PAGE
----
Denishawn (1915–1931) By Scolieri, Paul A.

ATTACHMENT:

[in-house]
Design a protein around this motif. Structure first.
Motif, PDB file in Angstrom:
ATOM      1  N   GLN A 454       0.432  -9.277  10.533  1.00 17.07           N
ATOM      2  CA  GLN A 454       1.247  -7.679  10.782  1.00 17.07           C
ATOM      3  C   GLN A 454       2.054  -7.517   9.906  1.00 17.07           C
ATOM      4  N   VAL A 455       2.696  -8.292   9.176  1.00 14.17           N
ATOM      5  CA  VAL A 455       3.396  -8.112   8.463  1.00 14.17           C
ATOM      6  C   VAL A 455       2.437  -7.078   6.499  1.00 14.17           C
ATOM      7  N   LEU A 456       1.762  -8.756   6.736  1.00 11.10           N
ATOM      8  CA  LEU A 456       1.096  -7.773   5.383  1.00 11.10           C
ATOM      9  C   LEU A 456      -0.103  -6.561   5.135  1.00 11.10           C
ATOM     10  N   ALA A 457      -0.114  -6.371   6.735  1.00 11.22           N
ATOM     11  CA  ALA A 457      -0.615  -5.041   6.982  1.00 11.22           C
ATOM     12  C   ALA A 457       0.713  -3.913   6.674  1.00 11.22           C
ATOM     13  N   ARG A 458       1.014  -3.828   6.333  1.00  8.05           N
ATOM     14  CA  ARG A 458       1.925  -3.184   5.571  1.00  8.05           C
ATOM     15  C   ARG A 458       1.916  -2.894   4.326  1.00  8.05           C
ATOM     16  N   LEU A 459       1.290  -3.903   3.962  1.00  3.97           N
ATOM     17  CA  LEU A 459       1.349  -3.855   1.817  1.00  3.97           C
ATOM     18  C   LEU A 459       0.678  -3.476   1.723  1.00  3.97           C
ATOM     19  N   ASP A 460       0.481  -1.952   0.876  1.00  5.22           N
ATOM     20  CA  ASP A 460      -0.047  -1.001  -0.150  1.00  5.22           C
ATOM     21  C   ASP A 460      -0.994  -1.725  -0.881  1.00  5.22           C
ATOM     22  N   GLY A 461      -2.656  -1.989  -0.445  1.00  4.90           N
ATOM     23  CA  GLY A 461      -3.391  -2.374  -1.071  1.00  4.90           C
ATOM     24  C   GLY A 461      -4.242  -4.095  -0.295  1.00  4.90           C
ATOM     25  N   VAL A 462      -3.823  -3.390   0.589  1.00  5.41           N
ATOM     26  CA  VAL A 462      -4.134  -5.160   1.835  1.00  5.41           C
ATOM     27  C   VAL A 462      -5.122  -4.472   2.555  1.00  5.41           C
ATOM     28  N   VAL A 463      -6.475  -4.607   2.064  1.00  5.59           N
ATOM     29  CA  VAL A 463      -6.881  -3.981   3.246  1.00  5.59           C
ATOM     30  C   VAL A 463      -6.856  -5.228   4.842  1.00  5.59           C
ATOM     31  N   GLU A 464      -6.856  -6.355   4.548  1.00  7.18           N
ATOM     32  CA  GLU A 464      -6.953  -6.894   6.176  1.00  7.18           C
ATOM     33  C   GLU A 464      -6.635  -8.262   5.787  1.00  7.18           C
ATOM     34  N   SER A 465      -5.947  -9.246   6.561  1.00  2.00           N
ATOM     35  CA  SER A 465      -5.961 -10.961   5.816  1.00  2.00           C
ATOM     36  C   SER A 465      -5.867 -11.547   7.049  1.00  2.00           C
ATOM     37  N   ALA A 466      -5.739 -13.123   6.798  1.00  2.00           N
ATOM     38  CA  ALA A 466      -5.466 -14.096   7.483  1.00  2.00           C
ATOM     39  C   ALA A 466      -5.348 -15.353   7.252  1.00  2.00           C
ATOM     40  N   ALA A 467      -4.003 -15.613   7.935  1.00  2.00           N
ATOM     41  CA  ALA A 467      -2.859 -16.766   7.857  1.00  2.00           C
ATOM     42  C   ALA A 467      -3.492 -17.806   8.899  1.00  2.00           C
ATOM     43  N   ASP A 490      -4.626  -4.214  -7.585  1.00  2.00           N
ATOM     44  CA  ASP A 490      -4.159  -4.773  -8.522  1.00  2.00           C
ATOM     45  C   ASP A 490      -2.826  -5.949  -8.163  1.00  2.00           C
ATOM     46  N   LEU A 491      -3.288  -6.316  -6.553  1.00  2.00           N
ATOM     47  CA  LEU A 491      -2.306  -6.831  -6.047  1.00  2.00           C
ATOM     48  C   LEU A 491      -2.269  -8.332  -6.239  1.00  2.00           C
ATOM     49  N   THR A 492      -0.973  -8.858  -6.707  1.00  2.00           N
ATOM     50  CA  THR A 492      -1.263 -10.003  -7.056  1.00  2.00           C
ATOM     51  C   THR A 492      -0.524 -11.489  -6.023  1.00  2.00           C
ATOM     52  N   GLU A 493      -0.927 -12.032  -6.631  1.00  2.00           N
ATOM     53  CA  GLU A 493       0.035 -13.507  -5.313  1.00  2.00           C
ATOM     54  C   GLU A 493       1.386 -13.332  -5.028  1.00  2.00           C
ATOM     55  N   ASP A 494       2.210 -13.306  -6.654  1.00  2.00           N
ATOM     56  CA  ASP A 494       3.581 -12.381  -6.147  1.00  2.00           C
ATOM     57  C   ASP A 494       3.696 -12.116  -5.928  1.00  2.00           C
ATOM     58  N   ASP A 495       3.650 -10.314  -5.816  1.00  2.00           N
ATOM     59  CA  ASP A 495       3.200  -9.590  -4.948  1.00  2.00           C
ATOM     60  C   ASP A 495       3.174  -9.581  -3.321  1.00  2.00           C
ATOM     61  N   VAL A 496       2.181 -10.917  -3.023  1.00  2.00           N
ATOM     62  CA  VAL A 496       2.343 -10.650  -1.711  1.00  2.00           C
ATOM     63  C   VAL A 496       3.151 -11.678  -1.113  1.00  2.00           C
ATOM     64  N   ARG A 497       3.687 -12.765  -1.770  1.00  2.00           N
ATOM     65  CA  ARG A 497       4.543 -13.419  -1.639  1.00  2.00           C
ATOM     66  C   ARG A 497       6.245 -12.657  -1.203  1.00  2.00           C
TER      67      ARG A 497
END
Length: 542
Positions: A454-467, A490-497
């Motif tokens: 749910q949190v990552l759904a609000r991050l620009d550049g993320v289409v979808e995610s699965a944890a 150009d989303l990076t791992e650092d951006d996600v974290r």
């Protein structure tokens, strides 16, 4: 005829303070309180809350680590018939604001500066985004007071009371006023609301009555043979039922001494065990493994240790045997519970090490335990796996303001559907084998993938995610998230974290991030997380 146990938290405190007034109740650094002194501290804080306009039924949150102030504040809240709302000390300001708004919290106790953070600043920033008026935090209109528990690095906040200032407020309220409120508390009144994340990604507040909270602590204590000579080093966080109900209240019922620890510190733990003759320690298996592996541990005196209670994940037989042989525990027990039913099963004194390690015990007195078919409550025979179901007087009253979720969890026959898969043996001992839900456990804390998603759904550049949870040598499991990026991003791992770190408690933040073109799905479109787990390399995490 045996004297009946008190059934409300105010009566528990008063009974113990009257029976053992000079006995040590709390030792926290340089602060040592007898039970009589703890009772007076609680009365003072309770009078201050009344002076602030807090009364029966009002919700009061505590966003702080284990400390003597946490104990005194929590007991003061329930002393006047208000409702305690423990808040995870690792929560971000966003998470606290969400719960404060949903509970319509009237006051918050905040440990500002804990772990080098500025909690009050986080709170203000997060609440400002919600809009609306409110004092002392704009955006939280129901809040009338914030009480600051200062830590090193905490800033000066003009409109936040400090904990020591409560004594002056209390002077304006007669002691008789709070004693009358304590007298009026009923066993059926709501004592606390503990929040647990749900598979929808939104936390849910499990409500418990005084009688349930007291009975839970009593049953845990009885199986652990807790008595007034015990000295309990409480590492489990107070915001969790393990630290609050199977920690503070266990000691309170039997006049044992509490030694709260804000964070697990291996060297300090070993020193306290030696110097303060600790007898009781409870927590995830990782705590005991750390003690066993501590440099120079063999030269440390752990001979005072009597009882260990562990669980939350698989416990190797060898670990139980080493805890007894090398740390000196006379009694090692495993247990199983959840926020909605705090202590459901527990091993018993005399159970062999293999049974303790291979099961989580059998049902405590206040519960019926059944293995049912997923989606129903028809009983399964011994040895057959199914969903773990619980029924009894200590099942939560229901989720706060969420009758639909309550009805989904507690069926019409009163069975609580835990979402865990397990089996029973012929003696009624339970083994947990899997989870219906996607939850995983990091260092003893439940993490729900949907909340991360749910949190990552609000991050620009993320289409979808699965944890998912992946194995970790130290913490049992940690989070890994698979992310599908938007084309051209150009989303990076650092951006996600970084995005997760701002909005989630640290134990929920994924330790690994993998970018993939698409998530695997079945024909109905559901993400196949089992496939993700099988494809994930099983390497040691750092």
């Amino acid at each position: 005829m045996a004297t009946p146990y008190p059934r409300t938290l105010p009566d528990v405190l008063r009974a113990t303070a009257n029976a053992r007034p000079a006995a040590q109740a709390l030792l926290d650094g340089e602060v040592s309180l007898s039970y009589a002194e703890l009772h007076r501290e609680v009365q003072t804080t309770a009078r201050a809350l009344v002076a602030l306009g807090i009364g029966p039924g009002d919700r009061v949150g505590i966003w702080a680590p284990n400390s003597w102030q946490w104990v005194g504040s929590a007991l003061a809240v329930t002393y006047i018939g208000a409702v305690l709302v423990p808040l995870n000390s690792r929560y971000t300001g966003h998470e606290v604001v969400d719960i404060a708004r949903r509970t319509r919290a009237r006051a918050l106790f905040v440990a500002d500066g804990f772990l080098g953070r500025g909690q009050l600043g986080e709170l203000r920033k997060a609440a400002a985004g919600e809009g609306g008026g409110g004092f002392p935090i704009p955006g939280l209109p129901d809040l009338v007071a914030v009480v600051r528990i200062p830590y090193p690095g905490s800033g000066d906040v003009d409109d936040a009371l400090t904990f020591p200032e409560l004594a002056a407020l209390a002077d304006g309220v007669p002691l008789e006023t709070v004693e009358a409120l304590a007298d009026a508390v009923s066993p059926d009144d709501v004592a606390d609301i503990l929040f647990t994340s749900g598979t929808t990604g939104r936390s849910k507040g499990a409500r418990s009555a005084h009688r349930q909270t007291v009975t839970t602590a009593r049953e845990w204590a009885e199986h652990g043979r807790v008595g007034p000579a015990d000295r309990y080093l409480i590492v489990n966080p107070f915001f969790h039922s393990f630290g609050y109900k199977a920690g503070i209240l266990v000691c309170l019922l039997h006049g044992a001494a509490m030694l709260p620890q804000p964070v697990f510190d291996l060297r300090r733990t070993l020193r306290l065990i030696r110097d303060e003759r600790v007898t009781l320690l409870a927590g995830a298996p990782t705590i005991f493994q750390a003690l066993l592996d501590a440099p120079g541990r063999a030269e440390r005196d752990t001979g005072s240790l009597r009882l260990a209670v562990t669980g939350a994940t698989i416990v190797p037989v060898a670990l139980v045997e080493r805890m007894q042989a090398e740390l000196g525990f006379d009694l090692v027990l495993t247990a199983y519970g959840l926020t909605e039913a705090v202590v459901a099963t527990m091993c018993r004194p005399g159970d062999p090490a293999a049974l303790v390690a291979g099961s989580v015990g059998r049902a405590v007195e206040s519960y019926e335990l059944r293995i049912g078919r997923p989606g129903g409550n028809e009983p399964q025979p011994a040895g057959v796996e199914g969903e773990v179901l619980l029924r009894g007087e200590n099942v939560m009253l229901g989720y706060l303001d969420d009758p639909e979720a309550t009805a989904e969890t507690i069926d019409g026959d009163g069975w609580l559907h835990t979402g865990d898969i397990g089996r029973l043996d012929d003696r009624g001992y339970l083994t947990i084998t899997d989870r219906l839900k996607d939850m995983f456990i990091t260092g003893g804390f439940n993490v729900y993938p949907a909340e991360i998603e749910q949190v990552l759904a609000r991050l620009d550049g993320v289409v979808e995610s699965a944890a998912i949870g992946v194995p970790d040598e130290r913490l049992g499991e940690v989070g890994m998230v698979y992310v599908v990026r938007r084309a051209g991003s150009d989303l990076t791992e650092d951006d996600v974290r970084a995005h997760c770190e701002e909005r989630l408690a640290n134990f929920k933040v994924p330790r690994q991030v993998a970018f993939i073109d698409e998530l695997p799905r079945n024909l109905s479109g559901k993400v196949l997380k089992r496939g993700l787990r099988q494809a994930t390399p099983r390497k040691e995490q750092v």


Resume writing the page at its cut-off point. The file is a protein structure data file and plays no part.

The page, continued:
Denishawn, a for-profit enterprise combining a school and dance company, was founded in Los Angeles in 1915 by the internationally acclaimed solo performer Ruth St. Denis and her husband, then up-and-coming dancer and choreographer Ted Shawn. Denishawn paved the way for modern dance in the United States by challenging American perceptions of dancing as a degenerate or immoral activity and presenting dance instead as a theatrical art. The company performed at private society events and women’s clubs, on vaudeville circuits, and eventually on legitimate concert stages, such as Carnegie Hall. In 1925–27, it became the first U.S. dance company to tour Asia, presenting dances to both colonial elites and local audiences. The Denishawn School of Dance and its Related Arts (and later satellites in New York and other major U.S. cities) trained generations of middle-class American adolescents, several of whom went on to become prominent modern dancers and choreographers, including Martha Graham, Doris Humphrey, and Charles Weidman, as well as Hollywood choreographer Jack Cole. Moreover, many aspiring actresses enrolled at the Denishawn school to study the art of physical expression, several of whom later became silent film stars, including Dorothy and Lillian Gish, Margaret Loomis, and Louise Brooks.